Compensation for solicitor's mortgage fraud refused - People - News - The Independent

Compensation for solicitor's mortgage fraud refused

LAW REPORT: 23 January 1997

Regina v Law Society, ex parte Mortgage Express Ltd, and ex parte Alliance & Leicester Building Society; Court of Appeal (Sir Thomas Bingham, Lord Chief Justice, Lord Justice Mummery, Sir Brian Neill) 17 December 1996

The fact that a solicitor's client had lost money because of the solicitor's dishonesty did not of itself entitle the client to be compensated from the Law Society's compensation fund, and if the client's loss was partly caused by other factors, such as a negligent or dishonest valuation or a fall in property prices, then the Law Society was entitled to refuse compensation.

The Court of Appeal allowed the Law Society's appeal against the decision of Mr Justice Ognall, on 30 July 1996, who granted an application for judicial review to quash its refusal to meet five claims by Mortgage Express Ltd for payments out of the Law Society's compensation fund under section 36 of the Solicitors Act 1974.

Genevra Caws QC and Rabinder Singh (Bindman & Partners) for the Law Society; Nicholas Patten QC and Timothy Harry (Lightfoots) for MXL.

Sir Thomas Bingham LCJ said the claims arose out of transactions in which MXL had made a loan on the security of real property. In each case a dishonest solicitor had acted for both MXL and the borrower. MXL relied on a professional valuation which substantially overvalued the property. The purchase being financed at the valuation price had been immediately preceded by another back-to-back sale and purchase transaction at a significantly lower figure, closer to the true value.

In each case the solicitor dishonestly caused MXL to believe that the transaction they were financing was a bona fide transaction at a genuine price, and paid out of the funds provided by MXL without authority and in breach of fiduciary duty. MXL obtained their mortgage security, but when the borrower defaulted and MXL repossessed the property they suffered loss, partly because of the overvaluation and an intervening decline in property prices.

Since the solicitor had been dishonest, and but for his dishonesty MXL would not have made the advances, the Law Society concluded that it had a discretion under section 36(2)(a) of the 1974 Act to make a grant. But it went on to say, in its decision letter of 6 June 1995, that:

whilst [MXL] made an advance of more than the property was worth, the function of the solicitor in acting for a commercial lender is usually to ensure that the commercial lender obtains an effective security for its loan.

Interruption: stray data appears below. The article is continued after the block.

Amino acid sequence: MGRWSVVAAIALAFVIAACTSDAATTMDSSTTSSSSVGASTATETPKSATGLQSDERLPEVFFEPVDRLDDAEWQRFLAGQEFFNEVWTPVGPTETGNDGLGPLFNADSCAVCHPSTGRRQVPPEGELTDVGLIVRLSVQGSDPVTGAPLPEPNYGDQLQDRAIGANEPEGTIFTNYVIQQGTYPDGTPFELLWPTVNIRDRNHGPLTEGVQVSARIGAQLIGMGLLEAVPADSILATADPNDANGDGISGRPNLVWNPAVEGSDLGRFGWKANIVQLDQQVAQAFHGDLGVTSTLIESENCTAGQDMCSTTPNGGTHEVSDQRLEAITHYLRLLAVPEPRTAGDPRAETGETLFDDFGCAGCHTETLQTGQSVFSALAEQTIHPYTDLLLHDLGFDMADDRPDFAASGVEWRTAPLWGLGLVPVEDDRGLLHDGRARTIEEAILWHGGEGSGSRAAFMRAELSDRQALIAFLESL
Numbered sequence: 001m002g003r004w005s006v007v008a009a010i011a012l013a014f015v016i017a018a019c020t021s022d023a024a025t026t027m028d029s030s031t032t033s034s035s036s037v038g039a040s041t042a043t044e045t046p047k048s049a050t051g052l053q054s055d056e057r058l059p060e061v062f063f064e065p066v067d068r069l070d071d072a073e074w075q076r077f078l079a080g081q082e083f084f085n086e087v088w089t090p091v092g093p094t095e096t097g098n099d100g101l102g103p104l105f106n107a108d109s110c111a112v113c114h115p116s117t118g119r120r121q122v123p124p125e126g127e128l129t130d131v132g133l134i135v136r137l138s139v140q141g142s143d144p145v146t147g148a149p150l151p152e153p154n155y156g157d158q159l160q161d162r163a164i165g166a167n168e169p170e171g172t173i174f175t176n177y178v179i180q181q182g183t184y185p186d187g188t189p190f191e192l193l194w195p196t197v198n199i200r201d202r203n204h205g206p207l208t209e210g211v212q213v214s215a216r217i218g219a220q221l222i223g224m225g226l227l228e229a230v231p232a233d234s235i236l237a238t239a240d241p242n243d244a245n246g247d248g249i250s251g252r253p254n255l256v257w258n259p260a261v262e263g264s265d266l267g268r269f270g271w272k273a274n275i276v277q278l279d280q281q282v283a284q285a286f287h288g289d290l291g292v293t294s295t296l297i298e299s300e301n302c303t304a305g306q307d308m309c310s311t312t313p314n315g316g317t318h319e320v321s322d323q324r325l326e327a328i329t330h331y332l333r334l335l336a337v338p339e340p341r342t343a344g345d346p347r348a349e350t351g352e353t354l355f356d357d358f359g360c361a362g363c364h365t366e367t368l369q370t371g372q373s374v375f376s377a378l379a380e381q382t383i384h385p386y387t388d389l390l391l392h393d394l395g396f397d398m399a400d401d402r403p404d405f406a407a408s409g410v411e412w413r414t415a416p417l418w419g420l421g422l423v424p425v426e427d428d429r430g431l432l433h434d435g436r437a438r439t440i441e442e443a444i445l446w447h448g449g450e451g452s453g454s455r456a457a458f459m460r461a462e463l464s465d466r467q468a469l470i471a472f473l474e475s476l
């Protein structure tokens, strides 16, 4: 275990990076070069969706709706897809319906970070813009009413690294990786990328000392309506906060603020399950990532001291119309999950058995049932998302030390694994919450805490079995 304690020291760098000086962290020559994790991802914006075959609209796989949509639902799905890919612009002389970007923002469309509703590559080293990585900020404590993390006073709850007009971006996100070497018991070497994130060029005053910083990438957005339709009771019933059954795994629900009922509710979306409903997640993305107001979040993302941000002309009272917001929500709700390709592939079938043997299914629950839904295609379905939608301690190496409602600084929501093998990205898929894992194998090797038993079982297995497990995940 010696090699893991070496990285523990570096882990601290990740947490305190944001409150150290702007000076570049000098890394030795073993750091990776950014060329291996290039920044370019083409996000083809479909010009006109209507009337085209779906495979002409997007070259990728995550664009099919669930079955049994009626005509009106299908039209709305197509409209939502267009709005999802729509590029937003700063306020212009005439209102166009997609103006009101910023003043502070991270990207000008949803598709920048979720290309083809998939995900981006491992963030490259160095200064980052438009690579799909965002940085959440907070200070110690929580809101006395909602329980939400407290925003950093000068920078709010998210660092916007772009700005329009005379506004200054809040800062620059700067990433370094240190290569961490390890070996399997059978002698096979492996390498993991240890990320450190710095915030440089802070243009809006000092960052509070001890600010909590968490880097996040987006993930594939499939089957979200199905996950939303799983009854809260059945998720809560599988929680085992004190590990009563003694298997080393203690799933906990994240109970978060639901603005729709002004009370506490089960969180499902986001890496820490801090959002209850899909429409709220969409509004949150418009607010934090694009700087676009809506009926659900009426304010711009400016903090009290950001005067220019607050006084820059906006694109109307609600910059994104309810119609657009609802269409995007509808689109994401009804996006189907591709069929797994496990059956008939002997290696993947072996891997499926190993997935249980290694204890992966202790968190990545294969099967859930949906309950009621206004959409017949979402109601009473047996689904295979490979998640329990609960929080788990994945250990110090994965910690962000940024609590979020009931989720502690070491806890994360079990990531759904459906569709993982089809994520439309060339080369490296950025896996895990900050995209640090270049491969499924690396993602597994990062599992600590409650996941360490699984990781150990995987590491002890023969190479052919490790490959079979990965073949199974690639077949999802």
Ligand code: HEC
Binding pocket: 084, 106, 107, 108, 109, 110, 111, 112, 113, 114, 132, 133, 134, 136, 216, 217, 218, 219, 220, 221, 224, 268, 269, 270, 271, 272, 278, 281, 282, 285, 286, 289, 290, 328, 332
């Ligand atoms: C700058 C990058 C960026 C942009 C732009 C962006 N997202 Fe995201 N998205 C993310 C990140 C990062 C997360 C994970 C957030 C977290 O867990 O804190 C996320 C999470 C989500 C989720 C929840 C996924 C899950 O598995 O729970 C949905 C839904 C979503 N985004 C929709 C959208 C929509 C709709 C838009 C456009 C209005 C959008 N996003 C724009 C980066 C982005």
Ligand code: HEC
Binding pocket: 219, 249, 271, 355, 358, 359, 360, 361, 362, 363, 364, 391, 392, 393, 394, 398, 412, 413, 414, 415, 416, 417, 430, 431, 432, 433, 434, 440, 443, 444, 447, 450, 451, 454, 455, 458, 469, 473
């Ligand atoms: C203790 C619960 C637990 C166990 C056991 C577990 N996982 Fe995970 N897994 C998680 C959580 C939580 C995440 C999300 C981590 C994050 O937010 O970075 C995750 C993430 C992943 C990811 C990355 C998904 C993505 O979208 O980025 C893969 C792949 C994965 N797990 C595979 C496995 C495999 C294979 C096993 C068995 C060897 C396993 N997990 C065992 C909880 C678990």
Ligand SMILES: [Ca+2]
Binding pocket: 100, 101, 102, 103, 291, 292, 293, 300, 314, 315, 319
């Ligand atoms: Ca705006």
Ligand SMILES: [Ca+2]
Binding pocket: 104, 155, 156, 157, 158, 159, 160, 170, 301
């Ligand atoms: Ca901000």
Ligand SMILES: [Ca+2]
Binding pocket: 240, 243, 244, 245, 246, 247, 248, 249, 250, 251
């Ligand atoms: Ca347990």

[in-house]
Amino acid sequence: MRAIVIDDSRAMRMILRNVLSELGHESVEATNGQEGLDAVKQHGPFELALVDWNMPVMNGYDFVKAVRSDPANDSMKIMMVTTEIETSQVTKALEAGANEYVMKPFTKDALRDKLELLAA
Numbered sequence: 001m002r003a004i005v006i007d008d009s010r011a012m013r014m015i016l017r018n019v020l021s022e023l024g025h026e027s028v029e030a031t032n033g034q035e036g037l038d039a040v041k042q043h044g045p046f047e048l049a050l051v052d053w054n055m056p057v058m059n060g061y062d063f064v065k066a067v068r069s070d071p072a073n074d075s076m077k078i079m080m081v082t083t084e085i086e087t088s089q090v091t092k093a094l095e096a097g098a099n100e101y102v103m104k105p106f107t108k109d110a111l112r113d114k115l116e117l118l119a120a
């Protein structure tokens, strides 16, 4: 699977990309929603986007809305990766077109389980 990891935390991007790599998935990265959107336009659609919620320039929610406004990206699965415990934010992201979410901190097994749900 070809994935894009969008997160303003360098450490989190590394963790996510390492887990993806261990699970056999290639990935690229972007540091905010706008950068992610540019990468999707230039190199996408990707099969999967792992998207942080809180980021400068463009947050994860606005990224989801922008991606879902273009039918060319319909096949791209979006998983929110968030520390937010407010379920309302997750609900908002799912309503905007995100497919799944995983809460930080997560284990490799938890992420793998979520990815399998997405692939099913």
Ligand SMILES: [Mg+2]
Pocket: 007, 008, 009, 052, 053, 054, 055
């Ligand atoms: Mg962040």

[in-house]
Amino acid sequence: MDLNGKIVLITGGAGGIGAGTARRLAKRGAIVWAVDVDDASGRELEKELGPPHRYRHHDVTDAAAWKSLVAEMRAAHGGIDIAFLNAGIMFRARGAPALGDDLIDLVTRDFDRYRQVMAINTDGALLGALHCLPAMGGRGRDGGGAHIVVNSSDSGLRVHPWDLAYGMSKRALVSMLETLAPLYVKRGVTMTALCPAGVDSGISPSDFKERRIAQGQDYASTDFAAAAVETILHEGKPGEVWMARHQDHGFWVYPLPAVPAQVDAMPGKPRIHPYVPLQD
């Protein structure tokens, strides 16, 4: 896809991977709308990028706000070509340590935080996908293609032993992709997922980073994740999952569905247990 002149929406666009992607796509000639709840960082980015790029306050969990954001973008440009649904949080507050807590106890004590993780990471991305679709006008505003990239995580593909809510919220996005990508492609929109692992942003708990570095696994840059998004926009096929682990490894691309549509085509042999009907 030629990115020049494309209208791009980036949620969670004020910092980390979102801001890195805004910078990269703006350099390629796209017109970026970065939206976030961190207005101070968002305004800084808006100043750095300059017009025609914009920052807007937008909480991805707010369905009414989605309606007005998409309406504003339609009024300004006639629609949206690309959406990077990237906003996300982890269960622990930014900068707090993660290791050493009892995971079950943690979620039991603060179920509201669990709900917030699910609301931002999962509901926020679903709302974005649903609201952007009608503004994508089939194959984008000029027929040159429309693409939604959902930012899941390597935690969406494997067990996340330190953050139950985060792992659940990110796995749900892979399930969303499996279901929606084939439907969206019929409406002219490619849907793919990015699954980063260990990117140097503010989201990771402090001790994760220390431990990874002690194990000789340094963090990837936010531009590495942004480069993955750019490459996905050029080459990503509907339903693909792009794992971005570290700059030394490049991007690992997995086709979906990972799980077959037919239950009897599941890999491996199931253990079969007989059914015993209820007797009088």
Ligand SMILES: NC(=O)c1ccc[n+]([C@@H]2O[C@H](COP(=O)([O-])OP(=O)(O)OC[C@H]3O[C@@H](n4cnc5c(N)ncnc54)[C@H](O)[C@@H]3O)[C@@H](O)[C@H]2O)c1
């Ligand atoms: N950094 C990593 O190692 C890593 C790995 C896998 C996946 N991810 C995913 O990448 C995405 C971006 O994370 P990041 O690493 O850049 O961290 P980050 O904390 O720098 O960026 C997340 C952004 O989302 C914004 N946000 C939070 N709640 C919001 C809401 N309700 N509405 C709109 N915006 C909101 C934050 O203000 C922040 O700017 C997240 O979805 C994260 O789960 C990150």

The letter concluded:

this was not a case in which a solicitor had personally misappropriated money: the mortgage had been completed and [MXL's] security had been perfected. That the security proved to be inadequate was due to the poor valuation and/or to the fall in property prices. Consequently, whilst the solicitor's dishonesty was a cause of the loss, . . . it was principally suffered in consequence of the overvaluation and the subsequent fall in the property market.

The judge held that the Law Society misdirected itself in law by regarding the duty of a solicitor in a transaction of this kind as being limited to obtaining effective security for the mortgage lender.

Their Lordships disagreed. The Law Society clearly accepted that the solicitor's dishonesty was in law a cause of MXL's loss. To say that the function of the solicitor in acting for a commercial lender was usually to ensure that the lender obtained effective security for its loan was not to say the solicitor had no other function, and there was no reason to doubt that this was ordinarily the solicitor's main function.

The Law Society had always made it clear that the fund was first and foremost a source from which to replace money taken by dishonest solicitors for their own benefit. Their Lordships did not regard that as an unreasonable priority.

MXL had failed to show that the Law Society acted unlawfully in adopting and applying a policy which in effect disallowed claims where the lender's loss derived not from the failure to obtain security but from the inadequacy of the security when the lender came to realise it, whether such inadequacy was the result of overvaluation or decline in property prices or both.

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